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Jacqueline Allain

Dean’s Award for Excellence in Teaching
Ph.D. Candidate in History

Jacqueline Allain


Jacqueline Allain is a seventh-year Ph.D. candidate in history and is also pursuing certificates in Feminist Studies, College Teaching, Writing in the Disciplines, and Latin American and Caribbean Studies. Her research focuses on the colonial British and French Caribbean, with an emphasis on women and gender during slavery and in the post-emancipation era. She earned her bachelor’s in history at the University of Toronto, and has a master’s in history from Duke and a master’s of education in curriculum and instruction with a focus on literacy from the University of Virginia.

Allain has served as an instructor of record and teaching assistant at Duke since 2018. She has been described as an engaging, conscientious, and effective instructor. Specifically, in her teaching of the WRT 101 course in 2022 on “Feminism Around the World,” she showed her thoughtful contributions to students’ development and engaged students in considerations of cultural notions of feminism, associated activist movements, and political praxis. Additionally, Allain routinely considers and applies culturally responsive pedagogy as she develops lessons and writing tasks.

She has also served as a writing consultant at the Duke Writing Studio, where she has conducted hundreds of collaborative, non-evaluative writing consultations with undergraduate and graduate students working on a wide range of writing projects.


What do you enjoy about teaching?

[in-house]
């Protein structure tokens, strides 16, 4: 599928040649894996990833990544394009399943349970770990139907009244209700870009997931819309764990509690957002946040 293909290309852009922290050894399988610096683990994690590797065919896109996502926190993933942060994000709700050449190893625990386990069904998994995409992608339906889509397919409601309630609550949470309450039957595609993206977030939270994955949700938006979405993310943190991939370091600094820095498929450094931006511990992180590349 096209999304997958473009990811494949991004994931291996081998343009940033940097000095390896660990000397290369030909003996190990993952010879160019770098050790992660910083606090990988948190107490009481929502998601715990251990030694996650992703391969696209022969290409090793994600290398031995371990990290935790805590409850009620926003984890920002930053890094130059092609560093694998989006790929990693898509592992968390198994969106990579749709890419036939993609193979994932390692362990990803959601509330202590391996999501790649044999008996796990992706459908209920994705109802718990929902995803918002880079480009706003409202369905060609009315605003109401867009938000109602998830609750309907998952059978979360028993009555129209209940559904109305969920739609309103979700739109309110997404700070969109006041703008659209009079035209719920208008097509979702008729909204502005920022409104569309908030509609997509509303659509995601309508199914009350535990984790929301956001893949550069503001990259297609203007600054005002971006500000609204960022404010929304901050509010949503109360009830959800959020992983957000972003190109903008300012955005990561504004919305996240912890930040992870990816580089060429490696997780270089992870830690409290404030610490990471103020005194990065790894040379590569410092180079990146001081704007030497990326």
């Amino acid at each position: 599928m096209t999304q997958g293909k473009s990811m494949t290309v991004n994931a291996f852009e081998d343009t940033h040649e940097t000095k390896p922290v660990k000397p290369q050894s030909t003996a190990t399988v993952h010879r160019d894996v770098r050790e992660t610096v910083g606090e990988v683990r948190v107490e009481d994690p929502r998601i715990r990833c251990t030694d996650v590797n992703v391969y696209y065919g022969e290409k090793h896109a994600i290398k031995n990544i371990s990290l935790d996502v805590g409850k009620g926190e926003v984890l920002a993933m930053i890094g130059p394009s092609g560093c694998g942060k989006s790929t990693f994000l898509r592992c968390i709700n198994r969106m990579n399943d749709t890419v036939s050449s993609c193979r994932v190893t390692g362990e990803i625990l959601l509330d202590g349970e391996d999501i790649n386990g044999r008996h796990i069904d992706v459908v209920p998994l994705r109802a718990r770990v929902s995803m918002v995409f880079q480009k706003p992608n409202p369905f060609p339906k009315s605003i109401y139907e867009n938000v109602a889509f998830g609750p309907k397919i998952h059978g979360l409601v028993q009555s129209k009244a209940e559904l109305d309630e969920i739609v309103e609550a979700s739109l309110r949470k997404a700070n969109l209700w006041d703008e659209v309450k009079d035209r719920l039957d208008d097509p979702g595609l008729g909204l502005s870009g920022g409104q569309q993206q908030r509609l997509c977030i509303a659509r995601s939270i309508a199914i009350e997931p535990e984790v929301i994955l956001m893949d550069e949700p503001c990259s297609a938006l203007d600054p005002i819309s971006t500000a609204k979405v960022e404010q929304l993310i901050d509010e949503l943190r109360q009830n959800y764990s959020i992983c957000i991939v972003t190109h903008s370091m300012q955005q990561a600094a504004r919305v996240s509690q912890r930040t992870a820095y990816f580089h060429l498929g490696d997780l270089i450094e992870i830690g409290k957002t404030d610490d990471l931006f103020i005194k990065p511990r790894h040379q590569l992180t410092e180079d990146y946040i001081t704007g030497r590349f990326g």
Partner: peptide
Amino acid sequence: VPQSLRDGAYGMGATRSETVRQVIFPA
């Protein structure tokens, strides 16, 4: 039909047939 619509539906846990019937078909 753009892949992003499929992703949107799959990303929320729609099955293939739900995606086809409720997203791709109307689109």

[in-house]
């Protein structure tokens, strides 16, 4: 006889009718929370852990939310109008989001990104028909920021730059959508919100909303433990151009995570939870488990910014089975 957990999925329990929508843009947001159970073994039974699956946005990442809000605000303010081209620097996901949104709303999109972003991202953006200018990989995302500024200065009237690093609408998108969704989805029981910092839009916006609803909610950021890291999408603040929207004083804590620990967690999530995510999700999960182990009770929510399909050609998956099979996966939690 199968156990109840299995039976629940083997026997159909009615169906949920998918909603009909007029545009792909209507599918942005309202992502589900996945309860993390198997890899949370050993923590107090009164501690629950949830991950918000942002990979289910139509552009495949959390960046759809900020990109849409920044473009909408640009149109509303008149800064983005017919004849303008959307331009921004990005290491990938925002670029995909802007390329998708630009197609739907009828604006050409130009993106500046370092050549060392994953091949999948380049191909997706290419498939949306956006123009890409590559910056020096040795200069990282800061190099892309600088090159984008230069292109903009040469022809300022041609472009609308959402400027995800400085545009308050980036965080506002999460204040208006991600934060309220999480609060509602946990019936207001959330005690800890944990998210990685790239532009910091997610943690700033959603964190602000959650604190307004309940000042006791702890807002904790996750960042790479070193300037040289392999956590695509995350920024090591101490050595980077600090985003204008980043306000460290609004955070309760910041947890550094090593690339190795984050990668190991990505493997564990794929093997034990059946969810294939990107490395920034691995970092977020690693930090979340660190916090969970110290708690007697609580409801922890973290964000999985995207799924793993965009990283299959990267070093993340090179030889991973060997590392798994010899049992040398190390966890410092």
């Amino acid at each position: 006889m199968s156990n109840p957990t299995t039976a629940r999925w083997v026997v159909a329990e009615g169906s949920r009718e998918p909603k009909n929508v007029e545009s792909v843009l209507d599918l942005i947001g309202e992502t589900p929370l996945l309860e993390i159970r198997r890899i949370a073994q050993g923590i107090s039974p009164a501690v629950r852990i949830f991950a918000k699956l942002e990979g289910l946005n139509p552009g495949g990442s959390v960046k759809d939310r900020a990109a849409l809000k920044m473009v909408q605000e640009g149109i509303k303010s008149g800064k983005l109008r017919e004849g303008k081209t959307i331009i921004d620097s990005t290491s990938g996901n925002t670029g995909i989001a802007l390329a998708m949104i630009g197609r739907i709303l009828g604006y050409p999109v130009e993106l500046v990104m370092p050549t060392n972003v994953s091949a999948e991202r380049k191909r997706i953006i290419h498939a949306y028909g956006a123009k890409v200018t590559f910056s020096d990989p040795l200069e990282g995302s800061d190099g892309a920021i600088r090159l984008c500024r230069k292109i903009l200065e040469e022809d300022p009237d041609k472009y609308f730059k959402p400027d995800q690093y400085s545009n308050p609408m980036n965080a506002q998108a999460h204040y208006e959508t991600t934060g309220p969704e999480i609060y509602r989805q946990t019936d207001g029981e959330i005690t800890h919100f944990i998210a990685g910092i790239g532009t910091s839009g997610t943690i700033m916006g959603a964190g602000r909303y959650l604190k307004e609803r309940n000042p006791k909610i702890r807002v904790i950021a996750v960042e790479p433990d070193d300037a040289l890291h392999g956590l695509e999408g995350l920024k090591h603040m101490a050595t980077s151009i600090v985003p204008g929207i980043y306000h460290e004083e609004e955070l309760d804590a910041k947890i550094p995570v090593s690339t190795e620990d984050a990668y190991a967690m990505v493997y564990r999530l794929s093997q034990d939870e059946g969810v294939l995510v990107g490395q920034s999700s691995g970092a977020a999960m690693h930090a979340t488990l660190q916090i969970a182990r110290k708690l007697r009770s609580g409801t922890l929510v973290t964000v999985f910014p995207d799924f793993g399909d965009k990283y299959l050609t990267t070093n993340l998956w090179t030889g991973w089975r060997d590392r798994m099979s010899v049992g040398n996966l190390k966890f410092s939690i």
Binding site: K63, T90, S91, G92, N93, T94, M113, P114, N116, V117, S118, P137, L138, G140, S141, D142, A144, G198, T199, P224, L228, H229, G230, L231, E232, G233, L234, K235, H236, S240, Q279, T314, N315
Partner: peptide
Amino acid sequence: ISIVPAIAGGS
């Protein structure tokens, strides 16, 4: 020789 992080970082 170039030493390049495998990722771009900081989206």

There are many things I enjoy about teaching, but my favorite aspect of teaching is watching students encounter new ideas and interesting texts for the first time. I remember particular moments in my life when I first read certain books or essays, thought about something in a new way, or felt an idea click. When you teach, you get to sort of reexperience that feeling again and again.

How have you evolved as a teacher compared to when you first started?

I am much more organized about lesson-planning than when I started. When I first taught, I thought I could just jot down some discussion questions before class and basically wing it. Now I carefully plan each class meeting to try to draw out student engagement in different ways.

What is something you have done as a teacher that you are really proud of?

It’s impossible for me to answer this question briefly or without emotion. I am proud of the number of students who have told me that my classes have inspired them to pursue further study in history and social theory. I feel honored to have been able to teach so many of the texts and ideas I’ve taught, and I hope that sense of weightiness is evident to my students. At a moment when so much is at stake—academic freedom, the humanities in higher education, and the ability to teach the truth about history, all of which are under direct assault across our country—I strongly believe in the importance of this work, and I am proud to be a part of it.


Excerpts from Allain’ nomination

“Jacqueline is thoughtful and attentive, truly excelling at student-led pedagogy and focusing her sessions on a writer’s priorities.”

“Jacqueline’s conscientious course planning and teaching methods created an intellectually rigorous yet welcoming environment for students. Moreover, she demonstrated colleagueship in her active participation in both a pre-semester writing pedagogy workshop and in monthly workshops with fellow Graduate Student Instructors during the semester in which she taught.”

“Jacqueline not only thoughtfully embraced the pedagogical development she received in the Writing Studio, and sought out further development elsewhere, she began to actively mentor other graduate students who were new to the work, and to do so sensitively and effectively.”